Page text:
Solar panels in the Sahara could damage global climate

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The world’s most dangerous deserts could be the best places on Earth to harvest solar energy – the most abundant and cleanest source of energy we have. Deserts are spacious, relatively flat, rich in silicon – the raw material for the semiconductors from which solar cells are made – and never short of sunlight. In fact, the ten largest solar power plants in the world are all located in deserts or dry regions.

The researchers imagine that it would be possible to turn the world’s largest desert, the Sahara, into a giant solar farm, capable of meeting four times the world’s current energy demand. Plans were drawn up for projects in Tunisia and Morocco that would provide electricity to millions of homes in Europe.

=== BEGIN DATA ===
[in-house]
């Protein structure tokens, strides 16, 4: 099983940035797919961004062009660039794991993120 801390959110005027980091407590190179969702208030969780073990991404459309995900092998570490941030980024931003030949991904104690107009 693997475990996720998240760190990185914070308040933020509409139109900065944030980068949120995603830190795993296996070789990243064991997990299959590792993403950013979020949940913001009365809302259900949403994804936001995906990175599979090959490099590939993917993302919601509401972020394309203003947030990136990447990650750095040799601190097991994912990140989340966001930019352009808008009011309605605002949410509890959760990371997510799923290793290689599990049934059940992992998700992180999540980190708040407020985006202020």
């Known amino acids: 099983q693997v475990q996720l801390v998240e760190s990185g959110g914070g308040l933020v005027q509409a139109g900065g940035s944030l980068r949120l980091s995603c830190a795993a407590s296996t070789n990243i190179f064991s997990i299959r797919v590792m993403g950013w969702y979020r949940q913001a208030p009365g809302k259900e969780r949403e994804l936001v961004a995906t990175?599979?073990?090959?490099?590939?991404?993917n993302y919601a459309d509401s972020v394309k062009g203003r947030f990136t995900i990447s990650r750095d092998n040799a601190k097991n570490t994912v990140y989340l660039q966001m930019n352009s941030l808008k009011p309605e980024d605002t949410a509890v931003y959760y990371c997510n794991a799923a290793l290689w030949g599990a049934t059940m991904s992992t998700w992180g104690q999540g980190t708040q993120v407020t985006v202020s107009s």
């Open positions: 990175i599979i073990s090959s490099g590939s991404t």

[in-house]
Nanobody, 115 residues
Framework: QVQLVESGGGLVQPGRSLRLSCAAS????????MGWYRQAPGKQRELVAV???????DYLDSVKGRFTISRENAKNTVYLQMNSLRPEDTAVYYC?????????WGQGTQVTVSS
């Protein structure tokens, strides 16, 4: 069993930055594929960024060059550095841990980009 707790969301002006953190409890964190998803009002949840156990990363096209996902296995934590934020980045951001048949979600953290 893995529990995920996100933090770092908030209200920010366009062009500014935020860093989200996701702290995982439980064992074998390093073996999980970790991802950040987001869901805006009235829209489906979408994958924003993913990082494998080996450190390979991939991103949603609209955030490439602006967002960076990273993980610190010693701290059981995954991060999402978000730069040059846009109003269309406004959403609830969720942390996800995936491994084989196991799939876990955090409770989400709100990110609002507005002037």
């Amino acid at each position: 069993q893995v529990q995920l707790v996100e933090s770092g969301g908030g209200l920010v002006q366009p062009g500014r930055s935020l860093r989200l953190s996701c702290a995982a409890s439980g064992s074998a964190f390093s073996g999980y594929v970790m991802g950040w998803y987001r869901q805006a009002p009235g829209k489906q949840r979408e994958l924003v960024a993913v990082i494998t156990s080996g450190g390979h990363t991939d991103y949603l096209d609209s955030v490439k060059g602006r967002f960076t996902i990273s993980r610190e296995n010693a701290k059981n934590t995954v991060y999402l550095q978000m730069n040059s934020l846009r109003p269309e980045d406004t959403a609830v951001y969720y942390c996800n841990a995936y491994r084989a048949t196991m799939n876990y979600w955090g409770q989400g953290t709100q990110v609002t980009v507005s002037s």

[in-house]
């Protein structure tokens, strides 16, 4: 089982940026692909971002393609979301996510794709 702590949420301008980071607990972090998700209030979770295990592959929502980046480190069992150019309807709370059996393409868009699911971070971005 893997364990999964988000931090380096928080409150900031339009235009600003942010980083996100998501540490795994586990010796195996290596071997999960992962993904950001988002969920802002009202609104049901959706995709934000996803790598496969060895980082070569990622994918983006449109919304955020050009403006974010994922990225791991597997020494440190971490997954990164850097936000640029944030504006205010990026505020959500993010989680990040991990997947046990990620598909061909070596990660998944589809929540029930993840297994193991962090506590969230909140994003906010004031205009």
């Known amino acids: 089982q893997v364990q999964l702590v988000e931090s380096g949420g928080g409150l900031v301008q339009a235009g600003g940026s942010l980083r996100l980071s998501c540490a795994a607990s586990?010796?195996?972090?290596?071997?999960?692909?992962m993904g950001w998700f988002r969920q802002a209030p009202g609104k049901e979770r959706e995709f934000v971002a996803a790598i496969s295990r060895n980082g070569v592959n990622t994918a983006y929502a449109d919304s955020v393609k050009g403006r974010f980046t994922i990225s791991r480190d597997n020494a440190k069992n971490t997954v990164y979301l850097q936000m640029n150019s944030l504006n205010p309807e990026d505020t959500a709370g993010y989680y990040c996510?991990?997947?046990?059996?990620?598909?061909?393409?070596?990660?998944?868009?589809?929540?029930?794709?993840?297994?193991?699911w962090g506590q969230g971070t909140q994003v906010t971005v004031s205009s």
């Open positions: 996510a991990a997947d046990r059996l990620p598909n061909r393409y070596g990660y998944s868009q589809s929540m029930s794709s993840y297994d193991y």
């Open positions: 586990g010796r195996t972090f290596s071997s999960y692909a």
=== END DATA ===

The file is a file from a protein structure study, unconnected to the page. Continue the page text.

While the black surfaces of solar panels absorb most of the sunlight that reaches them, only a fraction (about 15%) of this incoming energy is converted into electricity. The rest is returned to the environment as heat. Panels are usually much darker than the ground they cover, so a vast expanse of solar cells will absorb a lot of extra energy and release it as heat, affecting the climate.

If these effects were only local, they might not matter in a sparsely populated and barren desert. But the scale of the facilities that would be needed to reduce global fossil fuel demand would be vast, covering thousands of square kilometers. The heat re-emitted from an area of ​​this size will be redistributed by the flow of air into the atmosphere, having regional and even global effects on the climate.

A satellite view of four different solar farms in the deserts.